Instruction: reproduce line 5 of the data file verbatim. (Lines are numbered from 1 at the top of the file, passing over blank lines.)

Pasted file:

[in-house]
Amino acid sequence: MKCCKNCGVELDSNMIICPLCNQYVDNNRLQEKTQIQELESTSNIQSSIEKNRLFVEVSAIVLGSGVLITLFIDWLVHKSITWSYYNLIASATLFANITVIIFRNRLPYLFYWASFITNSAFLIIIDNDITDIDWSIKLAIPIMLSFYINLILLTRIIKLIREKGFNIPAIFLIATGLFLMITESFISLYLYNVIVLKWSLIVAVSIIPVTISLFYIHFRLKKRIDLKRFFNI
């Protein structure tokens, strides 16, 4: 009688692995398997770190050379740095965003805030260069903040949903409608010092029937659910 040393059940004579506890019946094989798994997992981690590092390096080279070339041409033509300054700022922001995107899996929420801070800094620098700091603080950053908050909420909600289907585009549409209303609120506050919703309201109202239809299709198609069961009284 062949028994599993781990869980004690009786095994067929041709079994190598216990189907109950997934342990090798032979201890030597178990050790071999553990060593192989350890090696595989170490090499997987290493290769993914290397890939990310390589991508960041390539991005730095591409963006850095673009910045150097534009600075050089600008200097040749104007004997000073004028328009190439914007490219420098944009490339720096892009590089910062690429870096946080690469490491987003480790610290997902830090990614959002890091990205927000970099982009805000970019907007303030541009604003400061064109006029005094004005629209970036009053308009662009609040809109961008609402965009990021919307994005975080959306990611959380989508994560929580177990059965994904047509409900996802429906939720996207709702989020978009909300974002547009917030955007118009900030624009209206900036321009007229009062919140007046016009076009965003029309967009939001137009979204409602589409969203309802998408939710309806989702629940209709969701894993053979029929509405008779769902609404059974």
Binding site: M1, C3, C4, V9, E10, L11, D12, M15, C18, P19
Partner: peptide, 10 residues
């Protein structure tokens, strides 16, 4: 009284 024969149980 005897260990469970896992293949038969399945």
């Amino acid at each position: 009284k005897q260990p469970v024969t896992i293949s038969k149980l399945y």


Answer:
Partner: peptide, 10 residues